FROM Jeffrey Liker
More Acceleration Problems for Toyota Toyota is investigating the Prius again after an incident yesterday on Interstate 8 near San Diego. Sixty-one year-old James Sikes says, when he started to pass another car, his accelerator stuck and he couldn't stop his Prius from speeding faster and faster. He called 911, and the California Highway Patrol sent a car that gave him instructions on its loudspeaker. The Wall Street Journal has reported that Toyota is investigating Sikes' car and is planning a recall. Toyota is facing lawsuits for deaths and injuries and at least 89 class-action cases from owners who say their cars have lost value because of safety recalls, according to the Associated Press.
Toyota's Total Recall After reported links to 19 deaths and many injuries, Toyota recalled almost 8 million cars for safety problems with floor mats and sticky accelerators . The owners of models that are subject to recall are waiting for notices to take their cars in for repair. Today, Transportation Secretary Ray LaHood told drivers of those models to park their cars; hours later he retracted the warning. Meantime, electronics are now under investigation, and concerns are being raised about the braking system on the hybrid Prius. How long did Toyota know about the problems before announcing the recalls? Will the repairs work? How serious are the latest concerns? What about Toyota's reputation for the best on the road? What kind of crisis management will it take to protect its brand?
Toyota's Reputation Takes a Hit with Recall Expansion Toyota became the world's biggest car company, building a reputation for unparalleled excellence. But did rapid growth come at a high cost to consistent quality? The auto maker's recall of vehicles needing corrective action extended to Europe yesterday, and competitors, including General Motors, are already seeing opportunities. Jeffrey Linker, Professor of Engineering at the University of Michigan, has written several books on Toyota, including The Toyota Way .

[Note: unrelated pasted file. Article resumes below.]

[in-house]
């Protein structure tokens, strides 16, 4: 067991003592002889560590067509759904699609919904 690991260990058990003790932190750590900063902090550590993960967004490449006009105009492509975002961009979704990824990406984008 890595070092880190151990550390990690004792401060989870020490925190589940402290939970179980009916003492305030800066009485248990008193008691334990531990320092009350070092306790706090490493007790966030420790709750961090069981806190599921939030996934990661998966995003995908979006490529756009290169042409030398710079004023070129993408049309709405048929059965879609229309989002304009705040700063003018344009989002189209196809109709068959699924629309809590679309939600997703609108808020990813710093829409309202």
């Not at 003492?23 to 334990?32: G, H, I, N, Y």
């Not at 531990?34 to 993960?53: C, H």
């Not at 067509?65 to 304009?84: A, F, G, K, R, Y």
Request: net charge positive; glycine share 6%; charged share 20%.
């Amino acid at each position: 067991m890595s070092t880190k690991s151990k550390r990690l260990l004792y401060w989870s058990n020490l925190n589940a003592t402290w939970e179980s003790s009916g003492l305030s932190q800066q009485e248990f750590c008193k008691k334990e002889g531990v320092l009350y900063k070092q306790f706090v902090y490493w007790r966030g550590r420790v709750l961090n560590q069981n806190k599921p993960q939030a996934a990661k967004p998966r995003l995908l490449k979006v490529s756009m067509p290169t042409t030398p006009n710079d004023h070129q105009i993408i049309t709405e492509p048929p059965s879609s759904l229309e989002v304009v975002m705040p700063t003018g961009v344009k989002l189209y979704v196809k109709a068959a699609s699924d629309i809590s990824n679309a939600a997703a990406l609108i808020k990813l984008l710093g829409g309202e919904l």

The Trump agenda: where's the beef? President Trump says big things are happening. After celebrating a House bill on health care, he doesn’t yet have Senate agreement. With James Comey’s public testimony scheduled tomorrow, the President today tweeted his selection of a new FBI Director. Is the Chief Executive all style and no substance? Later, terror attacks in Iran and conflicting claims about who’s behind them.
Trump plays scolder-in-chief with NATO allies At the opening of NATO’s dramatic new headquarters in Brussels today, President Trump acknowledged that Article 5 — promising that “an attack on one nation is an attack on all” -- has only been invoked one time: in the aftermath of September 11. But the President failed to provide what 27 other Alliance members have been waiting for: a re-commitment by America’s new leader to Article 5. Instead, they got a scolding.
Human Rights in the era of Donald Trump President Trump’s UN Ambassador, Nikki Haley, said today the US might pull out of the United Nations’ Human Rights Council. Serious violators of human rights are members of the Council itself–and a US resignation could make things worse. Later on today’s show, now that he’s into his second term, comedian turned US Senator Al Franken is telling jokes again.
The longest US war: Will Trump send more troops to Afghanistan? The Trump White House is divided over the Pentagon's request for more troops in Afghanistan—where the US has been fighting for the past 16 years. Is there a formula -- either for "victory" or a political settlement? Is there an end in sight for America's longest war?